Something within the human spirit cries for justice. This cry is as essential within the family as within any social organism.

Injustice undermines peace within the family. Seeking justice for family members is a way to domestic peace.

Justice is a basic characteristic of shalom (peace) in Scripture. According to Psalm 85:10, justice and peace will embrace and kiss each other. The Bible views justice in cosmic dimensions, for God values it throughout creation. A good beginning point is practicing justice in the home. For if fair play cannot happen in the family, what hope is there for real justice in the world?

Helm Stierlen, a German family therapist, speculated in his book First Interviews about the parallels of hostility within families and hostility among nations. He noted how the tensions within Adolf Hitler’s family of origin may have misguided him in adulthood. Stierlen also relates the conduct and results of arms races and power struggles to marital and family relationships. The terrible truth of Stierlen’s observation is being lived out in our nation as children take up arms to kill their peers and family members.

Individuals are intensely concerned with justice in their families. This issue is present in all relationships, but it goes much deeper in the family because familial relationships are intense, intimate, and inescapable. They last as long as memory.

Disruption of relationships heightens the awareness of fairness. A death in the family may highlight rather than end the problem.  A squabble over an estate tests the family’s relationships. Divorce may prove to be only a partial flight from ongoing issues of family fairness.

How do we work for justice within the family?

First, strive for mutual understanding. Mutual understanding occurs when family members actively pursue quality communication through good listening and clear exchange of thoughts and feelings. Mutual understanding precedes justice. Misunderstandings create tension and conflict that often result in unfair acts. When family members work at being understood, seeking to understand and facilitating understanding, the soil is ready to bear just, fair behavior.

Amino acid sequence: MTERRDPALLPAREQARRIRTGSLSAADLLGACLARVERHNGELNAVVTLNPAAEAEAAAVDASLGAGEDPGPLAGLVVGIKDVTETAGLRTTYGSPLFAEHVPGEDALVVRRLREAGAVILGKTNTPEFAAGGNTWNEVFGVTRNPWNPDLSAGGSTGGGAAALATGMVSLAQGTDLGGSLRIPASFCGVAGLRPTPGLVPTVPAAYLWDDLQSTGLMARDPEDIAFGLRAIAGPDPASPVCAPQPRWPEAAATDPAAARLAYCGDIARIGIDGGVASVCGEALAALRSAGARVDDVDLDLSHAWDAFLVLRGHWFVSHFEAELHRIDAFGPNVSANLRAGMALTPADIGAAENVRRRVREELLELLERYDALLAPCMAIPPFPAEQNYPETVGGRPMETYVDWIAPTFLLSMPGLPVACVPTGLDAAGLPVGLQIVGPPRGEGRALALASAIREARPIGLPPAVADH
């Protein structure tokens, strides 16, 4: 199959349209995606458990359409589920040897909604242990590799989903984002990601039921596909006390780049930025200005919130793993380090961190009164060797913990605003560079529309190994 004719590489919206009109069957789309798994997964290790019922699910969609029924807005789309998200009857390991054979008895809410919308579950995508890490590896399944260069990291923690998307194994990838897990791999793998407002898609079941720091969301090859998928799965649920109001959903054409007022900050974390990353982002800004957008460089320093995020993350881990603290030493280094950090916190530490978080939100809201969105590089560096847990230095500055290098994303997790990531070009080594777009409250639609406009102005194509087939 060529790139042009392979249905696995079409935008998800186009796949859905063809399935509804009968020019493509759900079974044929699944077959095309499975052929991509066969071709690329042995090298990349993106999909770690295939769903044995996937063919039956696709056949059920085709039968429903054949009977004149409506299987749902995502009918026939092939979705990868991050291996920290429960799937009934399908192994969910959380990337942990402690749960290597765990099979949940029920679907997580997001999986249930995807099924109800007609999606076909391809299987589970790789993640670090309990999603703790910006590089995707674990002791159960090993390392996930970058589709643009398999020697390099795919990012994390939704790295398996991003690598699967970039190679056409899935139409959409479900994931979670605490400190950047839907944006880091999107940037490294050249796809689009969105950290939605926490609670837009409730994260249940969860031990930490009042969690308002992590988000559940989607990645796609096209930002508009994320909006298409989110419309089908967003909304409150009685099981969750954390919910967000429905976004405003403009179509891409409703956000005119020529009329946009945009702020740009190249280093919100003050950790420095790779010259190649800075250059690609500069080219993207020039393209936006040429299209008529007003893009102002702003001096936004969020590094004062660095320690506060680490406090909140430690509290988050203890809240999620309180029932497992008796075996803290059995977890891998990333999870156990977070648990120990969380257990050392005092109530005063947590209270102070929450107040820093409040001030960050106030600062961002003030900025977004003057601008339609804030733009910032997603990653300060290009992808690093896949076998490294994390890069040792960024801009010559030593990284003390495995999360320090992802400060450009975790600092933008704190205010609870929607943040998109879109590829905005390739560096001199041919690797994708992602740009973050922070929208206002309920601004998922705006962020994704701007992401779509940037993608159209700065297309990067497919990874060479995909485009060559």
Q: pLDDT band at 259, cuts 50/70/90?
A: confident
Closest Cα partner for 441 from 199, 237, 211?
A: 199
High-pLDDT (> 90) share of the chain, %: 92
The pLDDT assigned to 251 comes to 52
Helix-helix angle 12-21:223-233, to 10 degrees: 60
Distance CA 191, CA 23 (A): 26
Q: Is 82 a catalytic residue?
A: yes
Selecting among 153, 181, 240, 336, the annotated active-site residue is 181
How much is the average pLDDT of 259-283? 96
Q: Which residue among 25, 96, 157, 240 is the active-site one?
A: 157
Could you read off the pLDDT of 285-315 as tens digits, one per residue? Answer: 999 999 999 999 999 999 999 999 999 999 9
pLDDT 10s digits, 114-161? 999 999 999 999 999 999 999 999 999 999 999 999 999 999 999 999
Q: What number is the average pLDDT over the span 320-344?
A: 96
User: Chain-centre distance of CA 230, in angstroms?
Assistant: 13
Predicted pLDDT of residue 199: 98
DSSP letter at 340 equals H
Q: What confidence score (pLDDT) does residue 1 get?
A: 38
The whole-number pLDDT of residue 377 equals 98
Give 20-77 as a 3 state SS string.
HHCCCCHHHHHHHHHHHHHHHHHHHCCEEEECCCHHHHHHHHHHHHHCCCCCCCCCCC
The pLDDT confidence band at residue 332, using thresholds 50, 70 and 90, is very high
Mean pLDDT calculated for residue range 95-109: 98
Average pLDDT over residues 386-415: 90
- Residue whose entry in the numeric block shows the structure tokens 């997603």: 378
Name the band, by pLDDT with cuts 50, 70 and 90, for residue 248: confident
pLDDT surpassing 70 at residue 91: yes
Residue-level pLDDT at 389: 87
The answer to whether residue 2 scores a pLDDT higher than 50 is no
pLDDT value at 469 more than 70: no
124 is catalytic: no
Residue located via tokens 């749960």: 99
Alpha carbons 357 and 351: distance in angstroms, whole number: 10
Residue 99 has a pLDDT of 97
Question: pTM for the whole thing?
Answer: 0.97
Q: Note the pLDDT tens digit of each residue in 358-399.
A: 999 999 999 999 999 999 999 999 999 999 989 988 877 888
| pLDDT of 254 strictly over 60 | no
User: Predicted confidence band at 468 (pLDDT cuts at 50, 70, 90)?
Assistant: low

Second, work for mutual, equitable fulfillment. The success of any family life is based upon mutual fulfillment. When legitimate needs are overlooked, sacrificed or neglected, the seeds of injustice are sown. We should take seriously the needs and interests of each family member. At any given time the balance may favor one member over another. For example, the spouse who works while the other completes graduate school expects that what one has invested in the common welfare eventually will pay dividends for the family’s enrichment.

Third, share decision-making within the family. Sharing decision-making within the family is a way of sharing power. Working at decision-making together is fundamental to developing a family where fairness operates. It is unfair when one, or both, parents make all the decisions. Conversely, a child can have too much power within the family when parents allow that child’s every need to control the family. Decisions that affect the entire family require input from all members. Input should be age-appropriate. Considering the feelings and thoughts of all members will lead to a more just climate within the family.

Fairness in the home is an important family task. When we succeed, fairness within the family provides a strong base for seeking justice in society.

Myron and Jan Chartier are ministers of cultivation through education at Calvary Baptist Church in Denver, Colo. E-mail them at

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